Posture & Body Movements in Communication

Written by steve johnson
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Posture & Body Movements in Communication
Next time you're talking, pay attention to non-verbal signals. (Jupiterimages/Brand X Pictures/Getty Images)

Non-verbal communication is one of the major---but often overlooked---factors of communication. From eye contact to common gestures, non-verbal communication encompasses a broad spectrum of forms. Many people even develop their non-verbal communication skills to become more successful speakers. Two of the main types of non-verbal communication are posture and body movements.

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Importance in Conversation

Both body language and posture are important under many circumstances. They often help to accent or complement a verbal message that might not stand alone well. They are also regulatory, and dictate when another person can speak or not speak; and can even serve as a substitute for verbal speech in some cases.

Cultural Differences

One of the most unusual aspects about non-verbal communication is that the meaning of it varies with the culture. This is especially prevalent in posture. Things such as bowing have no meaning most places; however, bowing serves as a show of rank in Japan. Slouching is generally regarded as a rude behaviour throughout many of the northern European countries. Showing the soles of the feet can be considered offensive in countries such as Saudi Arabia and Thailand.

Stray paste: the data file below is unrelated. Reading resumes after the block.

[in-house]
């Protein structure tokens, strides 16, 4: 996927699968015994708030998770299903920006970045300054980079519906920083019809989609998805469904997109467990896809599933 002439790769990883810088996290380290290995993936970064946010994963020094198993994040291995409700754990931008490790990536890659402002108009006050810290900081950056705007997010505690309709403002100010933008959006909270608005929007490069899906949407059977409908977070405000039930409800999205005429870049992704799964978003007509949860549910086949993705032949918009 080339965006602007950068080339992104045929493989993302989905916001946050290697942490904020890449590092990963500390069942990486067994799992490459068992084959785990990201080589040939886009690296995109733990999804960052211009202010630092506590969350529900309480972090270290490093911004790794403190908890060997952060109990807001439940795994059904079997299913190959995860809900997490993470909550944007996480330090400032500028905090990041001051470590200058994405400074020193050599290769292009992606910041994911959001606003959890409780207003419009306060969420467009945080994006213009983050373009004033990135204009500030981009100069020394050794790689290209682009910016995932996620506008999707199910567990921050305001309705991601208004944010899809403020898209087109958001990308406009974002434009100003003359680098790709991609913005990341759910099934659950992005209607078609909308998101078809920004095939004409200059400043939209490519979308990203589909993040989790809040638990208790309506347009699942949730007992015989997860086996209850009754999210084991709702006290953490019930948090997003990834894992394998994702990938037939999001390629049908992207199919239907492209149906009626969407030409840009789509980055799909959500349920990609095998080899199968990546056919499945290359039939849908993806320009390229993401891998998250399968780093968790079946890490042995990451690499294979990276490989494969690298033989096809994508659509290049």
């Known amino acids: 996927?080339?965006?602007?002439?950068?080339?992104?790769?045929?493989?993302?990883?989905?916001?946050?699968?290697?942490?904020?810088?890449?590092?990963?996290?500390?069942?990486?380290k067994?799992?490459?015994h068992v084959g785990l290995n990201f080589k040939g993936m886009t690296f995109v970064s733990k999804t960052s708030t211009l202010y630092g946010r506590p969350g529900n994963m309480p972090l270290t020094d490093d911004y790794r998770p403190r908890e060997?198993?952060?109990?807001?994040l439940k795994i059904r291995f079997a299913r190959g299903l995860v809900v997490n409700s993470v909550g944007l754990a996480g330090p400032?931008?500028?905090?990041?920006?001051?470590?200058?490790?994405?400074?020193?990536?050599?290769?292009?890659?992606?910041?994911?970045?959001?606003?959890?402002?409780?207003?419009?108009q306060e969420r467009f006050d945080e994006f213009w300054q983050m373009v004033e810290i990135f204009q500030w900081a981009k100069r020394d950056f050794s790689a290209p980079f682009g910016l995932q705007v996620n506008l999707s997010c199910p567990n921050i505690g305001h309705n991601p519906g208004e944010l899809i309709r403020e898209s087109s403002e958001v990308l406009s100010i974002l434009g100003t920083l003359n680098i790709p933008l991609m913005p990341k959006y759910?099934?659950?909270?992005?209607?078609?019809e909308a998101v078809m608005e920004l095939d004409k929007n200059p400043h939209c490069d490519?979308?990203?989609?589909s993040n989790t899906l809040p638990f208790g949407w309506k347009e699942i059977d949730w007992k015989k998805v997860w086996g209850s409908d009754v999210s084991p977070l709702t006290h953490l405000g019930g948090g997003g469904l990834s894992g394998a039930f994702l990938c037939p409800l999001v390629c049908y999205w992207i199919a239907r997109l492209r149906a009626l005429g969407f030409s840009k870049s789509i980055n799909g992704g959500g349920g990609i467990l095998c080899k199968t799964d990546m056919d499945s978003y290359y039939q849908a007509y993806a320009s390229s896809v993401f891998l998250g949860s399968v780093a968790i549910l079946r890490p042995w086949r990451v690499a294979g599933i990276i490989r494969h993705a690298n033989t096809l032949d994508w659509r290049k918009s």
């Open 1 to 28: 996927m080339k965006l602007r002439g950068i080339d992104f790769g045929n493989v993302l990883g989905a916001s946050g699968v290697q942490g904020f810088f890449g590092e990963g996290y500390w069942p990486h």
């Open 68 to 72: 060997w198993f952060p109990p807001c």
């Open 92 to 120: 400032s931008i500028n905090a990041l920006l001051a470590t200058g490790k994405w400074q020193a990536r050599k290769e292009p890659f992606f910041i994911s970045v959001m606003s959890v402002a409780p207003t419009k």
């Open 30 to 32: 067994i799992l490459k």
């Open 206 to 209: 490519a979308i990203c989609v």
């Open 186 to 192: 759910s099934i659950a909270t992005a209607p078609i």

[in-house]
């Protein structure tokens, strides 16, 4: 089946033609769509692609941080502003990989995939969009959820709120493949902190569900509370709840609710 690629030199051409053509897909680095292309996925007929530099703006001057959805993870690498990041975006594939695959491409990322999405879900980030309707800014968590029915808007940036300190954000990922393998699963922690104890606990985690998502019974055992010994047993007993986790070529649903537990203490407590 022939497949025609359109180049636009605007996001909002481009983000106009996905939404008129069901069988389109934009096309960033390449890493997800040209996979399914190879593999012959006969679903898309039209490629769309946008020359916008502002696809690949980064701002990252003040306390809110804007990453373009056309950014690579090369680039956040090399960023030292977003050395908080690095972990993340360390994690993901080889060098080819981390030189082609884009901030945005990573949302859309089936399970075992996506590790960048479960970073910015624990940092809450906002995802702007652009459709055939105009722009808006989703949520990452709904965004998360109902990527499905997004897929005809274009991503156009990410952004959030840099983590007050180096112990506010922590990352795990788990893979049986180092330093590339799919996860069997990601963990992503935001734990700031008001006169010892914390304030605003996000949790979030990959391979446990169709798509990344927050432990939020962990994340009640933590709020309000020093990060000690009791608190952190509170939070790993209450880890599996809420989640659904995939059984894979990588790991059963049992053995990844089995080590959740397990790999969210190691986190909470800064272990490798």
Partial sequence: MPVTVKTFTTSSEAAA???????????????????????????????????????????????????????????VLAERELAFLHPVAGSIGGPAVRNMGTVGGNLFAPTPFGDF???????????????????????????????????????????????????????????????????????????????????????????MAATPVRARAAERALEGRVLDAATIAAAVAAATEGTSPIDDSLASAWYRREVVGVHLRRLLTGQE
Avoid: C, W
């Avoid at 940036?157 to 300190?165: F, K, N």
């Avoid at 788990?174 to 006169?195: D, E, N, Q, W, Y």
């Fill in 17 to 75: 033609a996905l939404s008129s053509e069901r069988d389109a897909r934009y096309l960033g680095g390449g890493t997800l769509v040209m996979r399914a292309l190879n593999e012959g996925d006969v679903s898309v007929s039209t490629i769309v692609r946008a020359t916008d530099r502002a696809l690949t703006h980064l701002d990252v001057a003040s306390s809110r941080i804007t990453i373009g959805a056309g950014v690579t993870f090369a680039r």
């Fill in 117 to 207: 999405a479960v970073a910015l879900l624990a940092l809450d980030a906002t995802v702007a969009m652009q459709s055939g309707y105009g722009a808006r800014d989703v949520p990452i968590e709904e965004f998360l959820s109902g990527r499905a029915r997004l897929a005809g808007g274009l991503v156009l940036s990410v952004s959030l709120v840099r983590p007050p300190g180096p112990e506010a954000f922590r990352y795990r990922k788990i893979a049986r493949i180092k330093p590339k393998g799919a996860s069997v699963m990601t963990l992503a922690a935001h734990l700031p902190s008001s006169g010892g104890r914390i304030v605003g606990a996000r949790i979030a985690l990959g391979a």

Signifying Feelings

One common belief is that body language, as well as posture, dictates a person's feelings in the moment. Although the extent to which this is true is debatable, one of the first books to spread this conception was "Body Language," released in the 1970s. Common body language---such as arm and leg crossing---tend to be taken as symbols of interest. Common arm crossing is sometimes seen as being less interested in people around you, while crossing legs towards someone indicates a sign of interest.


Touching is another area of non-verbal communication. Touch signifies several different types of information. Examples include touching a person on the shoulder, back, or arm and how much pressure was applied. Touch can come in different forms, such as rubbing, grabbing, or patting. One unusual type of touch is handshaking, where a firm touch can be seen as a sign of confidence and respect.

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